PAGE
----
What are the Penalties for Violating the Coronavirus Lockdown?

Lockdown has been imposed under Disaster Management Act, which has penalties for disobedience & spreading fake news.

4 min read
Hindi Female

On Tuesday, 24 March, Prime Minister Narendra Modi announced that the entire country would be going into lockdown to deal with the coronavirus (COVID-19) crisis for the next 21 days.

The lockdown has been put in place using an order under the Disaster Management Act 2005.

The National Disaster Management Authority (NDMA) has issued directions and guidelines to the Centre, as well as all State/Union Territory governments to take effective measures to prevent the spread of COVID-19 in India.

Following the NDMA directions, the Ministry of Home Affairs has issued guidelines to the Centre/State/UT governments with directions to strictly implement these. These guidelines have listed out the penalties for violation of the lockdown, as per the Disaster Management Act – which also include spreading fake news about the coronavirus pandemic.

The FAQs below will help you understand what actions can be penalised and what the punishment for this would be.


Can the police throw me in jail if they claim I am violating the lockdown?

No. While there are penalties under the Disaster Management Act for violations of any orders passed by the relevant authorities – which include up to two years of jail time – these punishments can only be imposed after conviction by a court.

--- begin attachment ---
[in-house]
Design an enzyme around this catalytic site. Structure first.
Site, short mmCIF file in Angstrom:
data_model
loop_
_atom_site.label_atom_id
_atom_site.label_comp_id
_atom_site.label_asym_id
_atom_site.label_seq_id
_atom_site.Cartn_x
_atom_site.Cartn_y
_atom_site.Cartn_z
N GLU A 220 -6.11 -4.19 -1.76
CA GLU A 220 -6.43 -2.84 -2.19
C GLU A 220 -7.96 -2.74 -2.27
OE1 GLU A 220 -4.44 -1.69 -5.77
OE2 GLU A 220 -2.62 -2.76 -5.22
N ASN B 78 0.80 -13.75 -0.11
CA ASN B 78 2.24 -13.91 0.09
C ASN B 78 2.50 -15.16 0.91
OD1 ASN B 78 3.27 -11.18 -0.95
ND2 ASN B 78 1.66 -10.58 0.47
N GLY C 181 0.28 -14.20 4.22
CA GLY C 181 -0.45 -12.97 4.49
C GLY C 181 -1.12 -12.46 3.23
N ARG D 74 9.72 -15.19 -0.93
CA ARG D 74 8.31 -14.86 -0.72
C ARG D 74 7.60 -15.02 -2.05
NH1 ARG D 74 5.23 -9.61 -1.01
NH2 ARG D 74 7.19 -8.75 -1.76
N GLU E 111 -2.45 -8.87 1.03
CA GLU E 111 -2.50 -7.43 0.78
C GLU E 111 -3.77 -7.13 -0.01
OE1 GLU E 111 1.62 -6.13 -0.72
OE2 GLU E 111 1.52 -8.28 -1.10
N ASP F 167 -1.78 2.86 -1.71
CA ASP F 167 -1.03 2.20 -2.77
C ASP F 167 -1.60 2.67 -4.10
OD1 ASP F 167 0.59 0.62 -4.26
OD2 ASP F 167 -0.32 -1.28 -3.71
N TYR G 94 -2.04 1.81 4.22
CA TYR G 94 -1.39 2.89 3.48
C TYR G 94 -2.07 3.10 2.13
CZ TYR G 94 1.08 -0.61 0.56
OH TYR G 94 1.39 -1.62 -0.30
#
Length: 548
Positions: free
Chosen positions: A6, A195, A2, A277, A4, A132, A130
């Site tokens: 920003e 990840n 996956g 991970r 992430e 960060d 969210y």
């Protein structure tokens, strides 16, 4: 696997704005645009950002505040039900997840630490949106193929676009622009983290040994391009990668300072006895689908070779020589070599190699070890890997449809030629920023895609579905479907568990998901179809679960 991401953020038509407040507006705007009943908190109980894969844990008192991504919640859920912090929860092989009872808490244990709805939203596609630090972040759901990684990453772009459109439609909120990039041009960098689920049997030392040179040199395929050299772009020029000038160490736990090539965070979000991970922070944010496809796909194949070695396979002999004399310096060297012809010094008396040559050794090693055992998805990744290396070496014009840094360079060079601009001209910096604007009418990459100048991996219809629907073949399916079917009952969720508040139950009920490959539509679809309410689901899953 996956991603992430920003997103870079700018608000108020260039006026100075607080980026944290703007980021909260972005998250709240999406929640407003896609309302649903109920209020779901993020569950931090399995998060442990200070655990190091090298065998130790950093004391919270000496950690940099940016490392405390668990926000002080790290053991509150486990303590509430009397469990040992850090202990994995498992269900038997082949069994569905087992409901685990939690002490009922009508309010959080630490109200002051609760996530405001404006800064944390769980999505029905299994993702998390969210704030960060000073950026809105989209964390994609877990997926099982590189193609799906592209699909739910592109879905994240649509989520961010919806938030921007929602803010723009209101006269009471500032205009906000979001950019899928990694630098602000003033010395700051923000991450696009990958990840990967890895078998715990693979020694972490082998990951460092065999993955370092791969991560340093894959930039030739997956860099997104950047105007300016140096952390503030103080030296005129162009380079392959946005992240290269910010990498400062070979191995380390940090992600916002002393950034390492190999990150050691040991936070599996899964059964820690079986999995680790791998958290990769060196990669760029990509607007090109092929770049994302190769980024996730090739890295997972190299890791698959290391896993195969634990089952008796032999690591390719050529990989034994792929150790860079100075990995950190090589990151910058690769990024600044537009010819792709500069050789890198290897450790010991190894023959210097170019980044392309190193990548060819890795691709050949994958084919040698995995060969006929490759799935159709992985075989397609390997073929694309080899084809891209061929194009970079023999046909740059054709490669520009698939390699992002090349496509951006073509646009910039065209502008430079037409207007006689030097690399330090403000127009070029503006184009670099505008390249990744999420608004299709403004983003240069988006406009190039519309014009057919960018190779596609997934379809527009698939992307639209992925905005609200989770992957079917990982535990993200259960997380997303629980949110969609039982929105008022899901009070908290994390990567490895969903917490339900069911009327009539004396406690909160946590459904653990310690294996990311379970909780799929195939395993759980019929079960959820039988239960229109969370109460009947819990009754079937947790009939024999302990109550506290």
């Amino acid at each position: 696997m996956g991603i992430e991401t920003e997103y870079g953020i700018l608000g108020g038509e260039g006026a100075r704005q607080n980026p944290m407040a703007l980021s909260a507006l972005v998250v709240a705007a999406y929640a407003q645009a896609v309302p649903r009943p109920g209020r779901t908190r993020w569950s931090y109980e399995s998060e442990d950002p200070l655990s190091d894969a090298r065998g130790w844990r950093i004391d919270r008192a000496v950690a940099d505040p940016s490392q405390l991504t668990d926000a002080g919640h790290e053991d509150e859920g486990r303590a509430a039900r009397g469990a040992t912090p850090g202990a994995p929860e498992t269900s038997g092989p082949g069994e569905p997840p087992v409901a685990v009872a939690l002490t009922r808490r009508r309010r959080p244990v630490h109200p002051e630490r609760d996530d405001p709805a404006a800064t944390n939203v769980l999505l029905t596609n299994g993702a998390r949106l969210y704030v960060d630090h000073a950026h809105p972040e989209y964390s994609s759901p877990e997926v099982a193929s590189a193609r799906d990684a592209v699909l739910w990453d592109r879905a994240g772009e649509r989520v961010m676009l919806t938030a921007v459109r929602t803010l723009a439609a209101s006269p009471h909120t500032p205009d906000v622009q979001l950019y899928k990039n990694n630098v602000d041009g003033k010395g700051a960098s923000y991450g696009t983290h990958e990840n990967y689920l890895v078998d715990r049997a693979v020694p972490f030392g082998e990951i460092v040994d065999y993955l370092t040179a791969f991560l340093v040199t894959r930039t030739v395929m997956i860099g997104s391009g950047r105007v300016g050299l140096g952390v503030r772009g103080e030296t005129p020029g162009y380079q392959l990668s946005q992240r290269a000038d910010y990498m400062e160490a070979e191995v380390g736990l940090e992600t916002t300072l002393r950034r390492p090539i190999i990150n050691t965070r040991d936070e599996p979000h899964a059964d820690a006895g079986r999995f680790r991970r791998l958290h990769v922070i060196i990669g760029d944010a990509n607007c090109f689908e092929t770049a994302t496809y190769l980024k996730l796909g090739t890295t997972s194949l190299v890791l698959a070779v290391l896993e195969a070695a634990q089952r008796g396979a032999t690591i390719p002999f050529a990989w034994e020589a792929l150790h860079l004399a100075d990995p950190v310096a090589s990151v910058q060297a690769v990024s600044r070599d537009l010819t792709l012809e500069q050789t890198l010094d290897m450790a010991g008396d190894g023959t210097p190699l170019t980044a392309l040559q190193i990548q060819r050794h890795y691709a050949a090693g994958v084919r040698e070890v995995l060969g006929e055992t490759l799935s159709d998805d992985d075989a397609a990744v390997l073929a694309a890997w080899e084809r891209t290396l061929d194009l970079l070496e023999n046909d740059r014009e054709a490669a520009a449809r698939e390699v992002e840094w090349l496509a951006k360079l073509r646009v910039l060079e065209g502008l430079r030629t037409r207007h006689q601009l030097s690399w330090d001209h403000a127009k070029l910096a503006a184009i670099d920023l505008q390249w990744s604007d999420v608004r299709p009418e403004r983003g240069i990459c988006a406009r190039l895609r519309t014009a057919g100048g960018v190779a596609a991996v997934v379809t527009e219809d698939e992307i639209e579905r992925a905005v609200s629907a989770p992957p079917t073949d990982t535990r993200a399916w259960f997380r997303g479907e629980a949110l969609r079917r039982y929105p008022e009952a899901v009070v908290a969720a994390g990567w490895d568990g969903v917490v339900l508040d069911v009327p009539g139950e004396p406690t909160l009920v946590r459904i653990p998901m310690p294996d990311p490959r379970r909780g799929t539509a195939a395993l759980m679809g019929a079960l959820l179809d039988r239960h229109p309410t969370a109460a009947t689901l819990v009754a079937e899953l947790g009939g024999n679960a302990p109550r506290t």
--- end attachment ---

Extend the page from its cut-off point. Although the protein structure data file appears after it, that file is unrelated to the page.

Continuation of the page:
The police could detain someone they thought was violating a specific order relating to the lockdown, like a curfew order, depending on what that order says. But they wouldn’t have the right to arrest you and keep you in jail for that, as all these offences are bailable – unless of course you refuse to comply with their directions and pose a threat to public order, like the ‘godwoman’ in UP on the first day of the lockdown who threatened police with a sword.

They would also not be able to file an FIR against you for an offence under the Disaster Management Act on the spot, as this would require a formal complaint made through the NDMA.

NOTE: In addition to these FAQs, you can find our summaries and the full text of the Ministry of Home Affairs’ Guidelines, including what shops will be open and what essential services will continue to function, here.


Offences and Penalties Under Disaster Management Act

Sections 51-60 of the Disaster Management Act set out the offences and penalties under it, which would apply to violations of the lockdown order.

Is it illegal to go outside my house during the lockdown?

You can go outside your house if you are going to buy some essential goods, or you are going to work where you are involved in providing an essential service.

If not, you could be found to be guilty of an offence under Section 51 of the Disaster Management Act (Obstruction).

You commit this offence if you obstruct a government servant from carrying out their duties, or refuse to comply with any directions issued by the Centre/State governments or the NDMA.